You see, a thief isn’t going to call us up and say, Hey, I’ll be there Monday night at 12 o’clock so you canbe ready; no, not at all. And that’s the way it’s going to be at the end of the world when Jesus comes: Suddenly, unexpectedly. He’s not going to give us any signs to indicate when he’s coming any more than a thief would. And so Jesus will come, and he will come in judgment, and so we must always be ready and we must always be prepared.

Look at it in 1 Thessalonians chapter 5. The apostle Paul is writing to the churches there about the end of the world. There were many questions about it that they had. And of course he had taught them when he was among them, but he wanted to remind them of the things that he had already taught. Look what he says here.

1 Thessalonians chapter 5, “But concerning the times and the seasons, brethren, you have no need that I should write to you, for you yourselves know perfectly that the day of the Lord so comes as a thief in the night.”

He had taught them what Jesus had taught. It would be sudden, it would be unexpectedly. He went on to say in verse 3, “When they say, Peace and safety! then sudden destruction comes upon them, as labor pains upon a pregnant woman. And they shall not escape. But you, brethren, are not in darkness, so that this day should overtake you as a thief.”

We see this same figure again in 2 Peter 3:10, where the Bible says, “Butthe day of the Lord will come as a thief in the night. And the heavens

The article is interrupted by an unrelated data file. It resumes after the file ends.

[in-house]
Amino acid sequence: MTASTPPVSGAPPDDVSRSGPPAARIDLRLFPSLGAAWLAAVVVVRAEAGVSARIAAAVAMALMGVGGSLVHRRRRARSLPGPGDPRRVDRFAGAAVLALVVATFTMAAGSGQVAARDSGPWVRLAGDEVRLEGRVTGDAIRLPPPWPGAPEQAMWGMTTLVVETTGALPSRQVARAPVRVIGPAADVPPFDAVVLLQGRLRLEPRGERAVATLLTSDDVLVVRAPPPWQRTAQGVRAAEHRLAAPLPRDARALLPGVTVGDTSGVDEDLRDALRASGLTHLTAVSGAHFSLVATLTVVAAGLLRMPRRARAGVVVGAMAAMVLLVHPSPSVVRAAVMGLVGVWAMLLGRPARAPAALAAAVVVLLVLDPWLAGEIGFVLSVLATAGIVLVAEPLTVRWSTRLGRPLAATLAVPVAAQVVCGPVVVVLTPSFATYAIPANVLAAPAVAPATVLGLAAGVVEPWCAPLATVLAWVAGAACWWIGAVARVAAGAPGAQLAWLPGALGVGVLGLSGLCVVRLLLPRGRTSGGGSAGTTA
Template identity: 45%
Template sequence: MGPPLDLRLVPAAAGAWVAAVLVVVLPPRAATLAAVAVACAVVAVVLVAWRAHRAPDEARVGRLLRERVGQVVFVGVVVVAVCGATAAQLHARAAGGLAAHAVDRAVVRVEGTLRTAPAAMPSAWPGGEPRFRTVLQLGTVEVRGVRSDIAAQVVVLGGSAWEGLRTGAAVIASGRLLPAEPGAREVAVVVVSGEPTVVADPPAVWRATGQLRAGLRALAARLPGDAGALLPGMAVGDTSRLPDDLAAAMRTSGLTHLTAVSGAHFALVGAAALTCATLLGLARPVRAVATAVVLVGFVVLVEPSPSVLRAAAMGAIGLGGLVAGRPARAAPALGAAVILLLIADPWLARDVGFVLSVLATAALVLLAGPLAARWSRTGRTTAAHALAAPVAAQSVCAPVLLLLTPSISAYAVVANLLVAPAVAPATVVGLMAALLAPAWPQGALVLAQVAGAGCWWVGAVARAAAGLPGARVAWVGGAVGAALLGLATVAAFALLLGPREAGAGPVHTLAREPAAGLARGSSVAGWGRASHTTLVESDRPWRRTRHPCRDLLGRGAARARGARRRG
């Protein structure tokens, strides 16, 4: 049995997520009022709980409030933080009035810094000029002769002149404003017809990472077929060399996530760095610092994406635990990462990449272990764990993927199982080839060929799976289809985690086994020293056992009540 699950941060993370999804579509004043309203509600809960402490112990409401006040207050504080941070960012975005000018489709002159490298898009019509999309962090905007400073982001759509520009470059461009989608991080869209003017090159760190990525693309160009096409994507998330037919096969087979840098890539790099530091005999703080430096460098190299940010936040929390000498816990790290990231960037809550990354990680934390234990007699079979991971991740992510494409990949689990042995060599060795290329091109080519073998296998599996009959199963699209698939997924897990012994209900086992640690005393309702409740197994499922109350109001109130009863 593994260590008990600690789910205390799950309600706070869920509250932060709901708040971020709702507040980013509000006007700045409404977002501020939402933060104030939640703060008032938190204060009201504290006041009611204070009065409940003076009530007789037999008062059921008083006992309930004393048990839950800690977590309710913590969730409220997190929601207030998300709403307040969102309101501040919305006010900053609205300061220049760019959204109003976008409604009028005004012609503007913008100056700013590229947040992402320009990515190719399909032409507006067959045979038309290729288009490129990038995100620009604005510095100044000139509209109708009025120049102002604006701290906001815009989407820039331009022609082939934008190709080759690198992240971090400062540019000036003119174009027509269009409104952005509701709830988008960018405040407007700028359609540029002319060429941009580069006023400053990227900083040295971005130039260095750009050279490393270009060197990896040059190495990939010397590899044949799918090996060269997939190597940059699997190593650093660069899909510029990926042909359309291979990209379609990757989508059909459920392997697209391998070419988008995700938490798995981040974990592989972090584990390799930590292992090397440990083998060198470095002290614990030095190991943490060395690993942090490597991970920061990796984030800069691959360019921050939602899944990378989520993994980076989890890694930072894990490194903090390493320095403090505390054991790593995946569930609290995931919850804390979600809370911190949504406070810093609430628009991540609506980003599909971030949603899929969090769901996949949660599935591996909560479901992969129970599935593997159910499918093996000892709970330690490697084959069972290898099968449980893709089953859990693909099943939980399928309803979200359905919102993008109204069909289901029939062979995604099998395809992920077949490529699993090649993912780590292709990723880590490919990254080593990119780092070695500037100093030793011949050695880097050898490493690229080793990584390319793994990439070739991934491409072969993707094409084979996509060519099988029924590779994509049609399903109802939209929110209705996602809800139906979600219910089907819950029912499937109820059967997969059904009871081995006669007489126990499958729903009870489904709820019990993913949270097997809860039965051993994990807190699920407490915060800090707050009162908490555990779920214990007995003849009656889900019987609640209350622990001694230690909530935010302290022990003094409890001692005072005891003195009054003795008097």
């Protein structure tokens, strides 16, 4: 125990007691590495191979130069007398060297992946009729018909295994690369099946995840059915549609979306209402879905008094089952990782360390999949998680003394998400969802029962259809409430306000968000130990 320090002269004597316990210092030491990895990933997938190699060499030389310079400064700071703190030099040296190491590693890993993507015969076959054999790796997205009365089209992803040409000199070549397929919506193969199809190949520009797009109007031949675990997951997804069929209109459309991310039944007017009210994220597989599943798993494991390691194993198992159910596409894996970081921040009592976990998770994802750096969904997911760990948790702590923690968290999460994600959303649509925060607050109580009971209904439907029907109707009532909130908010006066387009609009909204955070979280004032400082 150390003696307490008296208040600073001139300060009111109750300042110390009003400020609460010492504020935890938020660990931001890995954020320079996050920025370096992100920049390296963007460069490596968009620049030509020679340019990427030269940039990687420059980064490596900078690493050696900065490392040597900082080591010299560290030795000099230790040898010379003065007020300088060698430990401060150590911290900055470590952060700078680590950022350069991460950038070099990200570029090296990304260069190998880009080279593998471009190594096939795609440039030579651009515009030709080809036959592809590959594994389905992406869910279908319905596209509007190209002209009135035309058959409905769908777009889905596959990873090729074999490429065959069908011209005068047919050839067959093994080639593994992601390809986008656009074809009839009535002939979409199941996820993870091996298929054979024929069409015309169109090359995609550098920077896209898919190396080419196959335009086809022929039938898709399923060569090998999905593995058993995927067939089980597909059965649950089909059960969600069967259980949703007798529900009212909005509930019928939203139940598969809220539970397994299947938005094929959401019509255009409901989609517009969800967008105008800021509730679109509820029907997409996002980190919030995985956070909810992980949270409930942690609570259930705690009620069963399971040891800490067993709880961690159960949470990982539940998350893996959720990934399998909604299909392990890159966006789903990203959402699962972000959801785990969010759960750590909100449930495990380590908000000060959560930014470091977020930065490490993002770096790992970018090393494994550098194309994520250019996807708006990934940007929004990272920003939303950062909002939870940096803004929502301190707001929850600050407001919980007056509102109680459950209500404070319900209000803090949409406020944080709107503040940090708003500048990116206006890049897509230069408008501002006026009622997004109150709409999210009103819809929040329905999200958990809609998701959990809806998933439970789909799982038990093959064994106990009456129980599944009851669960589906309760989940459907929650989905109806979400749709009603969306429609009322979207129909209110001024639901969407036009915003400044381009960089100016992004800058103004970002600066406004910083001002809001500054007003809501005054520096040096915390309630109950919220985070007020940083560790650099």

will pass away with a great noise, the elements will burn with fervent heat, and the earth and the works that are therein shall be burned up.”

There’ll be no signs to indicate when Jesus is coming again. The coming of Christ, the end of the world is not something you can wait to prepare for when you see some signs; but rather you must always be prepared, because there are no signs. I want to read further in Matthew 24.

Listen to these words in verse 45. Here it says, “Who then is a faithful and wise servant, whom his master made ruler over his household, to give them food in due season? Blessed is that servant whom his master, when he comes, will find so doing. Assuredly, I say to you that he will make him ruler over all his goods. But if that evil servant says in his heart, My master is delaying his coming, and begins to beat his fellow servants, and to eat and drink with the drunkards, the master of that servant will come on a day when he is not looking for him at an hour when he is not aware of it, and will cut him in two and appoint him his portion with the hypocrites. There shall be weeping and gnashing of teeth.”